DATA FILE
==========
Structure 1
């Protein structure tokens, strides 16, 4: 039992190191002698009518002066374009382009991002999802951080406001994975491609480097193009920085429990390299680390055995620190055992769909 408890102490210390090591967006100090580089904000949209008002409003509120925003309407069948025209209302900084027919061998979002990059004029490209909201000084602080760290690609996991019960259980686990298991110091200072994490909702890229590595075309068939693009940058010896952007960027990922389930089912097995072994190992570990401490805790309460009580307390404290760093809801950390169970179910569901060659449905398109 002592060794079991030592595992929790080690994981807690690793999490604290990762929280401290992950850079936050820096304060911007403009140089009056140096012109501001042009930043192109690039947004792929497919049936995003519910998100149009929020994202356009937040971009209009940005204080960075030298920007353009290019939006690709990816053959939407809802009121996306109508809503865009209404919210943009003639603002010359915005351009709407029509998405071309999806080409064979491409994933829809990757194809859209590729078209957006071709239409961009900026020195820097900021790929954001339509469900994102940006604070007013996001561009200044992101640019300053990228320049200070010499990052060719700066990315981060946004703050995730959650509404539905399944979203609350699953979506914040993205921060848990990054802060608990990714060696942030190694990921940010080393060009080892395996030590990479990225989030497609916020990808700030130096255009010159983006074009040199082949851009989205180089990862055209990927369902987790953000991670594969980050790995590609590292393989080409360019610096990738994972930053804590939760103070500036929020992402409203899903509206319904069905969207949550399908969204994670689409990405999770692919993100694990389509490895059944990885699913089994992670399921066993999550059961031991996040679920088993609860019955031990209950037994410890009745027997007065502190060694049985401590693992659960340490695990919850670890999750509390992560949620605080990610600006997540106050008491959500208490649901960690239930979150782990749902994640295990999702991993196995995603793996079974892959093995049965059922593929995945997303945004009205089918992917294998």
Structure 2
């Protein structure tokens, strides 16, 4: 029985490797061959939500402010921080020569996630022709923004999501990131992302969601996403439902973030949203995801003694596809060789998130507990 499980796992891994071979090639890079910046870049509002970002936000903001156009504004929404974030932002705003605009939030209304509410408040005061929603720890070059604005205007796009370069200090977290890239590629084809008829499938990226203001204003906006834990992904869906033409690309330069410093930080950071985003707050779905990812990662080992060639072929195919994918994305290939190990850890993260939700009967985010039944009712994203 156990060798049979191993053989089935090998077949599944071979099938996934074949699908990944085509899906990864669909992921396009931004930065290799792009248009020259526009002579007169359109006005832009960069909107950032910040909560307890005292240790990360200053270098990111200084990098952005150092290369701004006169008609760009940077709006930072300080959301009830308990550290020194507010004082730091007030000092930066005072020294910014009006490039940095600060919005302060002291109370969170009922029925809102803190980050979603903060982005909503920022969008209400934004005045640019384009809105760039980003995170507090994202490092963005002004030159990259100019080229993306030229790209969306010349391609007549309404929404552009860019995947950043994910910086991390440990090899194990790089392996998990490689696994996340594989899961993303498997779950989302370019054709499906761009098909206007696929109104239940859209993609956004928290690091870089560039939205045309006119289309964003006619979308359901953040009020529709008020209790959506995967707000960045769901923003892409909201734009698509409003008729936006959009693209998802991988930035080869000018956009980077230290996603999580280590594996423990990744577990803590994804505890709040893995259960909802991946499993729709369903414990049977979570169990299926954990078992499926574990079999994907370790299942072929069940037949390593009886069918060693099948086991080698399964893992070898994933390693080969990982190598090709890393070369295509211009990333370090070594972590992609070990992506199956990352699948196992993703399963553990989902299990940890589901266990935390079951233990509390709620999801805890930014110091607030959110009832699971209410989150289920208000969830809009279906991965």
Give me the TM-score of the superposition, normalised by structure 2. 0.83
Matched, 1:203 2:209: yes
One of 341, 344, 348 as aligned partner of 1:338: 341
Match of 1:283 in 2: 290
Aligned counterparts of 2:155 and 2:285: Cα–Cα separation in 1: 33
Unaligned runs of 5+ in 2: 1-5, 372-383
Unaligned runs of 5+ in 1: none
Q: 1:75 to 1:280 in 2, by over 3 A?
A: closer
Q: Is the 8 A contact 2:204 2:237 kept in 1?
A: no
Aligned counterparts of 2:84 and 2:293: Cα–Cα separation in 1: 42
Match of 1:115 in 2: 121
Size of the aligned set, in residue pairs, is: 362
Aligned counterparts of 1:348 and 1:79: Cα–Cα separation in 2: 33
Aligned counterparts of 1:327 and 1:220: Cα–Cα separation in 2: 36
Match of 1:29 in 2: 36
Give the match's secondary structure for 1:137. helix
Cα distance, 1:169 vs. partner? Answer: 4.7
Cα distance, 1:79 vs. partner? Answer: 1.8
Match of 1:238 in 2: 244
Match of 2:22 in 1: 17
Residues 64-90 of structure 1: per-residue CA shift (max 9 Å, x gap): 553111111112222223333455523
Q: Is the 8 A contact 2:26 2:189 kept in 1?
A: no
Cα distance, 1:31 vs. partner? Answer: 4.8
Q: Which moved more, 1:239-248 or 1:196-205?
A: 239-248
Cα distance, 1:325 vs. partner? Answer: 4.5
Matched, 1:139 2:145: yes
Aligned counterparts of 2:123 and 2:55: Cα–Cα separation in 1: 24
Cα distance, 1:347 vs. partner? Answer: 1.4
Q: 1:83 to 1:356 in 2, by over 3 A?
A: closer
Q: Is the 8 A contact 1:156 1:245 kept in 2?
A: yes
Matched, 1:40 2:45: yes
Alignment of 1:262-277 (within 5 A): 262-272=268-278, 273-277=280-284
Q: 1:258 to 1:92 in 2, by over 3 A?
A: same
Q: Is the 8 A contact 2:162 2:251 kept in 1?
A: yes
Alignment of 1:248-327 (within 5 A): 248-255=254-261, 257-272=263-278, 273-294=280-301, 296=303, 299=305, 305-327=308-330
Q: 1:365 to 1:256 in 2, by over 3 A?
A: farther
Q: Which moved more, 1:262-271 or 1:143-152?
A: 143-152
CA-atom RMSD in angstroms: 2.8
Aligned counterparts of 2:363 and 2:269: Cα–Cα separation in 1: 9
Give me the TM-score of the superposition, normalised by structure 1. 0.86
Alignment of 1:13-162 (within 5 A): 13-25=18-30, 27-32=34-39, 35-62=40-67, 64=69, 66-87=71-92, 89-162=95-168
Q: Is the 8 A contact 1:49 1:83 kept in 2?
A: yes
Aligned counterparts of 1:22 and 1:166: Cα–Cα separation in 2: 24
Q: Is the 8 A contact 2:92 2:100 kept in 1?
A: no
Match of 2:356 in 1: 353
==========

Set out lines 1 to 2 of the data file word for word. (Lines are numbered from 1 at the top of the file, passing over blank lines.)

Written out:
Structure 1
């Protein structure tokens, strides 16, 4: 039992190191002698009518002066374009382009991002999802951080406001994975491609480097193009920085429990390299680390055995620190055992769909 408890102490210390090591967006100090580089904000949209008002409003509120925003309407069948025209209302900084027919061998979002990059004029490209909201000084602080760290690609996991019960259980686990298991110091200072994490909702890229590595075309068939693009940058010896952007960027990922389930089912097995072994190992570990401490805790309460009580307390404290760093809801950390169970179910569901060659449905398109 002592060794079991030592595992929790080690994981807690690793999490604290990762929280401290992950850079936050820096304060911007403009140089009056140096012109501001042009930043192109690039947004792929497919049936995003519910998100149009929020994202356009937040971009209009940005204080960075030298920007353009290019939006690709990816053959939407809802009121996306109508809503865009209404919210943009003639603002010359915005351009709407029509998405071309999806080409064979491409994933829809990757194809859209590729078209957006071709239409961009900026020195820097900021790929954001339509469900994102940006604070007013996001561009200044992101640019300053990228320049200070010499990052060719700066990315981060946004703050995730959650509404539905399944979203609350699953979506914040993205921060848990990054802060608990990714060696942030190694990921940010080393060009080892395996030590990479990225989030497609916020990808700030130096255009010159983006074009040199082949851009989205180089990862055209990927369902987790953000991670594969980050790995590609590292393989080409360019610096990738994972930053804590939760103070500036929020992402409203899903509206319904069905969207949550399908969204994670689409990405999770692919993100694990389509490895059944990885699913089994992670399921066993999550059961031991996040679920088993609860019955031990209950037994410890009745027997007065502190060694049985401590693992659960340490695990919850670890999750509390992560949620605080990610600006997540106050008491959500208490649901960690239930979150782990749902994640295990999702991993196995995603793996079974892959093995049965059922593929995945997303945004009205089918992917294998």